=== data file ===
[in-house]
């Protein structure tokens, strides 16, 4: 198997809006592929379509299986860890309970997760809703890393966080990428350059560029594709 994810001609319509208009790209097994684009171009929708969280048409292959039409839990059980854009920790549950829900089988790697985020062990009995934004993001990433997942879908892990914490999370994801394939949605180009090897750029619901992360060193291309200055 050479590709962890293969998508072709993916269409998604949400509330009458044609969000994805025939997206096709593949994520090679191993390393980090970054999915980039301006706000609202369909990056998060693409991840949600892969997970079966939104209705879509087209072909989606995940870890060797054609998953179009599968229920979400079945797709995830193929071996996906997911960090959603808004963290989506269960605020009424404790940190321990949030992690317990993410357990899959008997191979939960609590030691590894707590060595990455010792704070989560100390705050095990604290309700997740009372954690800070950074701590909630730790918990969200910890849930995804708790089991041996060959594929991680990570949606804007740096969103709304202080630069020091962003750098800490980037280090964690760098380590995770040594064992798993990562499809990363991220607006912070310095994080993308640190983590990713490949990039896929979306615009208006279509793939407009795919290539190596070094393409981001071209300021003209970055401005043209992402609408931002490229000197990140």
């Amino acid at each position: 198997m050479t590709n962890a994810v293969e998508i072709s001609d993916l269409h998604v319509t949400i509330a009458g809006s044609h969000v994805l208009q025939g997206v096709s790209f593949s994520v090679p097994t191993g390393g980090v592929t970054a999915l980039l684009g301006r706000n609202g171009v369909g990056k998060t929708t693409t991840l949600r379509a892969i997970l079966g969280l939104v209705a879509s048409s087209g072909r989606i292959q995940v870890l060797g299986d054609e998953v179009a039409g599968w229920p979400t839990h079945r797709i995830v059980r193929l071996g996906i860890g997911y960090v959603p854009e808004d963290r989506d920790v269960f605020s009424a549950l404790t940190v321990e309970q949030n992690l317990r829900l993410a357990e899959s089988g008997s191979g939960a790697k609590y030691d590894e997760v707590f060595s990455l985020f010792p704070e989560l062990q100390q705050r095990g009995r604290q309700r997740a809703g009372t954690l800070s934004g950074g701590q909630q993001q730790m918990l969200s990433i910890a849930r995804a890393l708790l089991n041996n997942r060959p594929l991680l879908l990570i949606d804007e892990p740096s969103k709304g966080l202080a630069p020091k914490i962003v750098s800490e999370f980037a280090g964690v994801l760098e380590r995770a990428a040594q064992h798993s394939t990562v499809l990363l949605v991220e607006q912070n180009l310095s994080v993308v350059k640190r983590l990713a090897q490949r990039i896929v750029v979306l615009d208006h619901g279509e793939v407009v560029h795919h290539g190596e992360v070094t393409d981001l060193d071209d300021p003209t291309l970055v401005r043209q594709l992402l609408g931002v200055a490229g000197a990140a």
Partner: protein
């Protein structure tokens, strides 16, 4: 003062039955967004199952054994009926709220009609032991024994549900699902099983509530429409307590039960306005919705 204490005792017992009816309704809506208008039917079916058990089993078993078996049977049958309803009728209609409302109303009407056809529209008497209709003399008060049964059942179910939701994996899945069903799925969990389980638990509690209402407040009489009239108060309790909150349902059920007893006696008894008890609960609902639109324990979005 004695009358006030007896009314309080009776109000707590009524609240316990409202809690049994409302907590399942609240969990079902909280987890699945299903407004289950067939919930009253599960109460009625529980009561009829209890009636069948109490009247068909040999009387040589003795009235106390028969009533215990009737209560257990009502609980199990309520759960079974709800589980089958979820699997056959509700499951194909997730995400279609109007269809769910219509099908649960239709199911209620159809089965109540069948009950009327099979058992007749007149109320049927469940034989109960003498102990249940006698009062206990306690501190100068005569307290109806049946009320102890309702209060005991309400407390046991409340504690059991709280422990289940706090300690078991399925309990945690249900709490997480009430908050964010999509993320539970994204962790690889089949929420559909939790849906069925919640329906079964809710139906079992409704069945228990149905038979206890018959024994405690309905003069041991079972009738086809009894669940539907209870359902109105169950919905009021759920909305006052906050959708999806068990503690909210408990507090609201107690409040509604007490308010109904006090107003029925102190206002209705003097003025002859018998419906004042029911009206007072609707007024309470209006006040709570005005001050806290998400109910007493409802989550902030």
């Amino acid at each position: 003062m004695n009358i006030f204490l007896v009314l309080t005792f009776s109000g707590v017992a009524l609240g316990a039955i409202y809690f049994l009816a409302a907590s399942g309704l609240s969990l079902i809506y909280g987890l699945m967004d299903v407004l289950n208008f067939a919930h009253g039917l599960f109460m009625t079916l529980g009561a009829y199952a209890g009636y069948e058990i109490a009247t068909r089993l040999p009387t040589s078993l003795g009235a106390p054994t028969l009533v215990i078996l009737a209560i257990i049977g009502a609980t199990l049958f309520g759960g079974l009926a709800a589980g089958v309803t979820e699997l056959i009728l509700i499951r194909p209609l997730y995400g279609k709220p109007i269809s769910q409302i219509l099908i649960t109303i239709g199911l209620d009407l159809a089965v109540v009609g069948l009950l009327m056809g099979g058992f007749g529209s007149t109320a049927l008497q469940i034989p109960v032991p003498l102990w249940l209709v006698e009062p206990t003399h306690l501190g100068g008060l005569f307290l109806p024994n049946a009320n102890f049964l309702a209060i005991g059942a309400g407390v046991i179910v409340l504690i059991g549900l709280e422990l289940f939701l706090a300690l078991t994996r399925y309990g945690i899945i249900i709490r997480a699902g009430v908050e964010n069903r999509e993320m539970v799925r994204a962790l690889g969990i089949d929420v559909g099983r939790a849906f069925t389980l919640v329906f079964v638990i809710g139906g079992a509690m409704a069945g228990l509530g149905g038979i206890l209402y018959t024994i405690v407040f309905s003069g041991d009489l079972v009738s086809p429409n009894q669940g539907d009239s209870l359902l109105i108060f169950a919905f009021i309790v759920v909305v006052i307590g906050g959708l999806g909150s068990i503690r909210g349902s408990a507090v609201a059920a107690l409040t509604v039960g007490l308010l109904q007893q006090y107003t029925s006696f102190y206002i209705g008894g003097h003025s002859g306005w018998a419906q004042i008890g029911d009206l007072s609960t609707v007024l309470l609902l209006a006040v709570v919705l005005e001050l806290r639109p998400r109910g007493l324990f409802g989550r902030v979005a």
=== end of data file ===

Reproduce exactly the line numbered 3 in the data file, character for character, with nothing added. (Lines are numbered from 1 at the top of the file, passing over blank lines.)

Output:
């Amino acid at each position: 198997m050479t590709n962890a994810v293969e998508i072709s001609d993916l269409h998604v319509t949400i509330a009458g809006s044609h969000v994805l208009q025939g997206v096709s790209f593949s994520v090679p097994t191993g390393g980090v592929t970054a999915l980039l684009g301006r706000n609202g171009v369909g990056k998060t929708t693409t991840l949600r379509a892969i997970l079966g969280l939104v209705a879509s048409s087209g072909r989606i292959q995940v870890l060797g299986d054609e998953v179009a039409g599968w229920p979400t839990h079945r797709i995830v059980r193929l071996g996906i860890g997911y960090v959603p854009e808004d963290r989506d920790v269960f605020s009424a549950l404790t940190v321990e309970q949030n992690l317990r829900l993410a357990e899959s089988g008997s191979g939960a790697k609590y030691d590894e997760v707590f060595s990455l985020f010792p704070e989560l062990q100390q705050r095990g009995r604290q309700r997740a809703g009372t954690l800070s934004g950074g701590q909630q993001q730790m918990l969200s990433i910890a849930r995804a890393l708790l089991n041996n997942r060959p594929l991680l879908l990570i949606d804007e892990p740096s969103k709304g966080l202080a630069p020091k914490i962003v750098s800490e999370f980037a280090g964690v994801l760098e380590r995770a990428a040594q064992h798993s394939t990562v499809l990363l949605v991220e607006q912070n180009l310095s994080v993308v350059k640190r983590l990713a090897q490949r990039i896929v750029v979306l615009d208006h619901g279509e793939v407009v560029h795919h290539g190596e992360v070094t393409d981001l060193d071209d300021p003209t291309l970055v401005r043209q594709l992402l609408g931002v200055a490229g000197a990140a």